- In this meta-analysis, ketamine use resulted in invasive airway management in one-fifth of patients receiving it for excited delirium.
Why this matters
- Acutely agitated patients can make for a dangerous emergency department (ED) environment.
- Attempts to physically restrain such patients can harm them.
- Benzodiazepines and antipsychotics can cause important adverse effects.
- Overall, quality of the studies was fair.
- All studies reported on airway management.
- Proportion of patients requiring airway management: 20% (95% CI, 0.0489 -1.6505).
- 10 studies reported sedation (n=452):
- Proportion of patients experiencing successful sedation: 85% (95% CI, 0.71-0.93).
- Heterogeneity among studies was high in both groups of studies.
- Of 4 deaths, ketamine possibly contributed to 2.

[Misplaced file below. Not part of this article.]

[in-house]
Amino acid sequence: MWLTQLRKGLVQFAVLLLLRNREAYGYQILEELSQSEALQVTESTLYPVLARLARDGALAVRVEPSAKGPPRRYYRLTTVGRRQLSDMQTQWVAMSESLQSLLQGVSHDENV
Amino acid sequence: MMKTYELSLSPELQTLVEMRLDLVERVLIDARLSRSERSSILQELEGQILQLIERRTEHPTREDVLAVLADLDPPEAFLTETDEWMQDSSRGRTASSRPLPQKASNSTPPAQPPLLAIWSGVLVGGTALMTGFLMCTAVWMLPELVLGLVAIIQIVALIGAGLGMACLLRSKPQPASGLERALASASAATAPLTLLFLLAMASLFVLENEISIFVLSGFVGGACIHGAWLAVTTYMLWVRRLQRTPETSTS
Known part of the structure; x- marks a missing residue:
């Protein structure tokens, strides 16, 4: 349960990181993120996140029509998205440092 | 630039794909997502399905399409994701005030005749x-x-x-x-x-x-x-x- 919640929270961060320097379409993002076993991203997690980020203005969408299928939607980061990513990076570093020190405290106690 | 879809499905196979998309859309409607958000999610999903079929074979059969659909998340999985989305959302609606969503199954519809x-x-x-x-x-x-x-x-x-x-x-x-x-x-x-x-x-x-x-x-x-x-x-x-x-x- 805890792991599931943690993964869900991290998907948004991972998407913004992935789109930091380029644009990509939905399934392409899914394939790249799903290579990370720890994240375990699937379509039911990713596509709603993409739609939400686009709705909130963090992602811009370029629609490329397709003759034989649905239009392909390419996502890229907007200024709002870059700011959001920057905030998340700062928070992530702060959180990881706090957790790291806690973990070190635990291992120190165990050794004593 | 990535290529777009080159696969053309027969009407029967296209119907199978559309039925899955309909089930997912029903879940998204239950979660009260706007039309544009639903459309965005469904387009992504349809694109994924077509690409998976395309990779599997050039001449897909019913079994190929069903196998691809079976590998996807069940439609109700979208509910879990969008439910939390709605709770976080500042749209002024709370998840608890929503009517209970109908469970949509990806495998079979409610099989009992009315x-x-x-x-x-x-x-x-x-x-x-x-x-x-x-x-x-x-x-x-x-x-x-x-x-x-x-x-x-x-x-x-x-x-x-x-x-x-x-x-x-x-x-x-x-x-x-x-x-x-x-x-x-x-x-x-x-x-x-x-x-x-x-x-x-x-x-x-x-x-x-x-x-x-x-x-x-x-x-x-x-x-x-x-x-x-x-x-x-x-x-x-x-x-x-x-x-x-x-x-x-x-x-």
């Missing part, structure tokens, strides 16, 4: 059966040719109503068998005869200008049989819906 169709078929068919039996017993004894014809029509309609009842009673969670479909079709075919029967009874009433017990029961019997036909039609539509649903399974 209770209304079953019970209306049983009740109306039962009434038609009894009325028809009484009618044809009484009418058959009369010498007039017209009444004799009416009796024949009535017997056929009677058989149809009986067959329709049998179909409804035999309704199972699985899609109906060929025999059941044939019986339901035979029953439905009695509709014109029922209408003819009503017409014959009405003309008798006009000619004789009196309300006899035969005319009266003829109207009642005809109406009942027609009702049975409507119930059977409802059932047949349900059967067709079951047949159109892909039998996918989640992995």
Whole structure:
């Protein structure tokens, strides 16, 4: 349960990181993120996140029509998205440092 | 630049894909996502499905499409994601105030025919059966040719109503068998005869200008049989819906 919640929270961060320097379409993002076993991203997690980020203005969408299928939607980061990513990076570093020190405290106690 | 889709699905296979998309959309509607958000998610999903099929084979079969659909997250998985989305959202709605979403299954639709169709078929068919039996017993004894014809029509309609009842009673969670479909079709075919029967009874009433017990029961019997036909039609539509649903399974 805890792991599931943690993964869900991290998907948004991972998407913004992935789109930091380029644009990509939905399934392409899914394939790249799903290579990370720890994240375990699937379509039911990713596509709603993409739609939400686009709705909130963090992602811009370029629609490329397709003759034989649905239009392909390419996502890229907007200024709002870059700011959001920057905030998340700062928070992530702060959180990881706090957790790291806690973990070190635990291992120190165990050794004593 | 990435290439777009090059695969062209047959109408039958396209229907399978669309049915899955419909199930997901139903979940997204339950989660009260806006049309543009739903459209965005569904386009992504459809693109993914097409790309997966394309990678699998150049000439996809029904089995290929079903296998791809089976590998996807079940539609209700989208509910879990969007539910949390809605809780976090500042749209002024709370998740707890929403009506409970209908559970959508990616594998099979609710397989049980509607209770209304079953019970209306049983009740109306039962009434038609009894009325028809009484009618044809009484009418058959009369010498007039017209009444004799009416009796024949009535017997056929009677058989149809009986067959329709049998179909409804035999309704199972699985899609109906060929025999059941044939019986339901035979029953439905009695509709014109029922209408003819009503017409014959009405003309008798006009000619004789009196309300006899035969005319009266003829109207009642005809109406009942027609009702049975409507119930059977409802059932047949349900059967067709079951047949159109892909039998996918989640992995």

- Systematic review and meta-analysis of 13 studies evaluating prehospital and ED use of ketamine for chemical restraint of agitated or delirious patients or those with behavioral disorders (n=674).
- Outcomes: rate of effective sedation; requirement for airway management (placement of supraglottic airway or endotracheal tube).
- Funding: None.
- Most studies retrospective; no randomized controlled trials.
- Most conducted in prehospital setting.
- Dosing, timing of ketamine varied, as did etiologies of agitation.
- Some less experienced providers may have mistakenly thought a dissociative state indicated a need for airway management.